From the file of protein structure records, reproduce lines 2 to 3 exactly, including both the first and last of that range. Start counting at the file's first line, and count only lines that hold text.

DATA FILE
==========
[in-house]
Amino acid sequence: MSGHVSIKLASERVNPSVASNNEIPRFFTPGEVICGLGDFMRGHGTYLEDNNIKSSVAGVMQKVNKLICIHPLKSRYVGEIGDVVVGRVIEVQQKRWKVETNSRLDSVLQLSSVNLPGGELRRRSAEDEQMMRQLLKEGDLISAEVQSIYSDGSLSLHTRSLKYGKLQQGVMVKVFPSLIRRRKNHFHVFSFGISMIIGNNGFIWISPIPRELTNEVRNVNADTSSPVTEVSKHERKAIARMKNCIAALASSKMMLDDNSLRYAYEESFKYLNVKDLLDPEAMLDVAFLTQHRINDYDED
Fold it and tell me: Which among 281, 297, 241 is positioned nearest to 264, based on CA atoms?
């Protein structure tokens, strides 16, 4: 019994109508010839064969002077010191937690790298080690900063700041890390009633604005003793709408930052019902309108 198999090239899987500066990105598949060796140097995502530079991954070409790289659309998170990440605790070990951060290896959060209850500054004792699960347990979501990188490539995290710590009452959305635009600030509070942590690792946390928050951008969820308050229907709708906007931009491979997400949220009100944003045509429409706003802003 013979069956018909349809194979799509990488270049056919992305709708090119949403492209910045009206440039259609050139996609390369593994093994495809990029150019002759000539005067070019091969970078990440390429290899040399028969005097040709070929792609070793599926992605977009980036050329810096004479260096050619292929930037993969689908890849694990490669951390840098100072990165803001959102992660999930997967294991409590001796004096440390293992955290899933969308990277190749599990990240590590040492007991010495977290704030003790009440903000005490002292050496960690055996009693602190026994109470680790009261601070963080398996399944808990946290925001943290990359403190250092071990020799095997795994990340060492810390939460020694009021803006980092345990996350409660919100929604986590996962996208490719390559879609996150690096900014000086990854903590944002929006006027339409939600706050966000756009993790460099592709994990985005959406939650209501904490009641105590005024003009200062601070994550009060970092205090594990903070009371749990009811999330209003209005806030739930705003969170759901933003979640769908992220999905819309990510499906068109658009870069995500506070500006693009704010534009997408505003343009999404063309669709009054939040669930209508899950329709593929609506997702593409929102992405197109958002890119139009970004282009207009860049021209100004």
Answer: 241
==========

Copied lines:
Amino acid sequence: MSGHVSIKLASERVNPSVASNNEIPRFFTPGEVICGLGDFMRGHGTYLEDNNIKSSVAGVMQKVNKLICIHPLKSRYVGEIGDVVVGRVIEVQQKRWKVETNSRLDSVLQLSSVNLPGGELRRRSAEDEQMMRQLLKEGDLISAEVQSIYSDGSLSLHTRSLKYGKLQQGVMVKVFPSLIRRRKNHFHVFSFGISMIIGNNGFIWISPIPRELTNEVRNVNADTSSPVTEVSKHERKAIARMKNCIAALASSKMMLDDNSLRYAYEESFKYLNVKDLLDPEAMLDVAFLTQHRINDYDED
Fold it and tell me: Which among 281, 297, 241 is positioned nearest to 264, based on CA atoms?